Skill Choice and Skill Complementarity in Eighteenth Century England

40 Pages Posted: 31 Mar 2014 Last revised: 7 Jul 2015

See all articles by Naomi E. Feldman

Naomi E. Feldman

Hebrew University of Jerusalem, Department of Economics

Karine van der Beek

Ben-Gurion University of the Negev - Department of Economics

Date Written: April 1, 2015

Abstract

This paper provides a broad‐based empirical analysis of the effects of technological change on skill acquisition in the years that led to the British Industrial Revolution. Based on a unique set of data on apprenticeship between 1710 and 1772, the formal system for skill acquisition in this period, we show that both the number of apprentices and their share in the cohort of the fifteen year‐olds‐ increased in response to inventions and that the strongest response was in the highly skilled mechanical trades. These results suggest that technological changes in this period were skill biased mainly due to the expansion of the machinery sector they induced.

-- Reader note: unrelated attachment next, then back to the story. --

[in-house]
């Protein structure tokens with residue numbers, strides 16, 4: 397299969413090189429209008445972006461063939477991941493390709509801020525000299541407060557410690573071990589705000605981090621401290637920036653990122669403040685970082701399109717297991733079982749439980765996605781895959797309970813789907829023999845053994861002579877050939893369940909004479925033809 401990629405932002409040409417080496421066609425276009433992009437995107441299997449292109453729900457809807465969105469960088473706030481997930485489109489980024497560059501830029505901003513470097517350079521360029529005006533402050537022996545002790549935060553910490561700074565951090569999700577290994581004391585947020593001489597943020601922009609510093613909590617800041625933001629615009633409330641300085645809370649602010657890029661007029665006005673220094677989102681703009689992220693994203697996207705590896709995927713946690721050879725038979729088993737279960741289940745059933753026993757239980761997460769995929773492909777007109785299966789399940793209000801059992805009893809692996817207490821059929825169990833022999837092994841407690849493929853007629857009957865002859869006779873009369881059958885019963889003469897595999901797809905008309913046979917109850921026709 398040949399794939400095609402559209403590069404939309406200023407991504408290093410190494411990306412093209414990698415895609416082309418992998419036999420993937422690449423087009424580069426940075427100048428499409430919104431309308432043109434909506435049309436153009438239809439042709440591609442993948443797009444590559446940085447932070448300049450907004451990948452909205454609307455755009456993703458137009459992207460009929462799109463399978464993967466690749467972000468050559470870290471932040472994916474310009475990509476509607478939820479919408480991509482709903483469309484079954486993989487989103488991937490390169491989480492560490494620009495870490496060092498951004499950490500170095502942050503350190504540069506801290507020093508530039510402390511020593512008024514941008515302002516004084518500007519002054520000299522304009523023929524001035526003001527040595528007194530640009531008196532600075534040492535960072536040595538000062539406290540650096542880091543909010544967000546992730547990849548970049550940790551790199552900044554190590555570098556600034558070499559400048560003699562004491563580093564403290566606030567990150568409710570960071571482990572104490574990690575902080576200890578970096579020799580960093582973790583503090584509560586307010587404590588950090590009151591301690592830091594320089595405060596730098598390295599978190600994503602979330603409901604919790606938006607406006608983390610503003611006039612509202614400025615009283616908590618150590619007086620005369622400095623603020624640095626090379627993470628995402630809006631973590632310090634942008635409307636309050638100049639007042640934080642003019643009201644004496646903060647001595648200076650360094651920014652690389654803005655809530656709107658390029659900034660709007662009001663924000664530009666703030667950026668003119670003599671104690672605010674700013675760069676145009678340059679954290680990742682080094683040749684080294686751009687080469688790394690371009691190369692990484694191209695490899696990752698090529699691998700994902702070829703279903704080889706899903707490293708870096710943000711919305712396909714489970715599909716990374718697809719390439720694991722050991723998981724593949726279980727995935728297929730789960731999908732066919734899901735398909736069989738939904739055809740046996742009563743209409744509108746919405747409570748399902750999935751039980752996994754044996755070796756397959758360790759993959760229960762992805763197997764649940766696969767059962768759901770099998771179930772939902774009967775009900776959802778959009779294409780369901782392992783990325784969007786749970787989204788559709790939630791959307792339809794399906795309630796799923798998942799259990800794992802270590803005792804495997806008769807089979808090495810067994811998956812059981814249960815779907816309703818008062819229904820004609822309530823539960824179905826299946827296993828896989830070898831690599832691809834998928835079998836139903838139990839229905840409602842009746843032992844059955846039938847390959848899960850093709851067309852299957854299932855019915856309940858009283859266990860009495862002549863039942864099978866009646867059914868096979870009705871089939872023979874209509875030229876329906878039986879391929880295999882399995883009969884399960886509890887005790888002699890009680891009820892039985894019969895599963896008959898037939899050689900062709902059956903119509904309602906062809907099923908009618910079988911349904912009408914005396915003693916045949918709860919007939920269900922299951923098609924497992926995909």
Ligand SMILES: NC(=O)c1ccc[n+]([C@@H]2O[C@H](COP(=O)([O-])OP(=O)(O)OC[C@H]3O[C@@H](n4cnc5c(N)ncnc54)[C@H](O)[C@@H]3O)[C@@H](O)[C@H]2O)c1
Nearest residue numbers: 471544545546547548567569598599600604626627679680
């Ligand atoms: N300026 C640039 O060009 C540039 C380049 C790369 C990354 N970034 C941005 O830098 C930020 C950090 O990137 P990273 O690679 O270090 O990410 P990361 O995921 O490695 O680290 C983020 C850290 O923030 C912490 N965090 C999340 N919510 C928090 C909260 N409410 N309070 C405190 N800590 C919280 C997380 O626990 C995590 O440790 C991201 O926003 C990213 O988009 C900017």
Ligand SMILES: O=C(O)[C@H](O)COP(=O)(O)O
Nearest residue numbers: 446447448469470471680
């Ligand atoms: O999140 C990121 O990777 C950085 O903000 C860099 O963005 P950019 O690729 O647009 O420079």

Keywords: skill complementarity, skill biased technological change, sbtc, British industrial revolution, technological change, innovations, apprenticeship, skill distribution, England, eighteenth century

JEL Classification: A10, I20, J44, N13, N33, O30

Suggested Citation

Feldman, Naomi E. and van der Beek, Karine, Skill Choice and Skill Complementarity in Eighteenth Century England (April 1, 2015). Available at SSRN: https://ssrn.com/abstract=2417894 or http://dx.doi.org/10.2139/ssrn.2417894

Naomi E. Feldman

Hebrew University of Jerusalem, Department of Economics ( email )

Mount Scopus
Jerusalem, IL Jerusalem 91905
Israel
9190501 (Fax)

Karine Van der Beek (Contact Author)

Ben-Gurion University of the Negev - Department of Economics ( email )

1 Ben-Gurion Blvd
Beer-Sheba 84105, 84105
Israel

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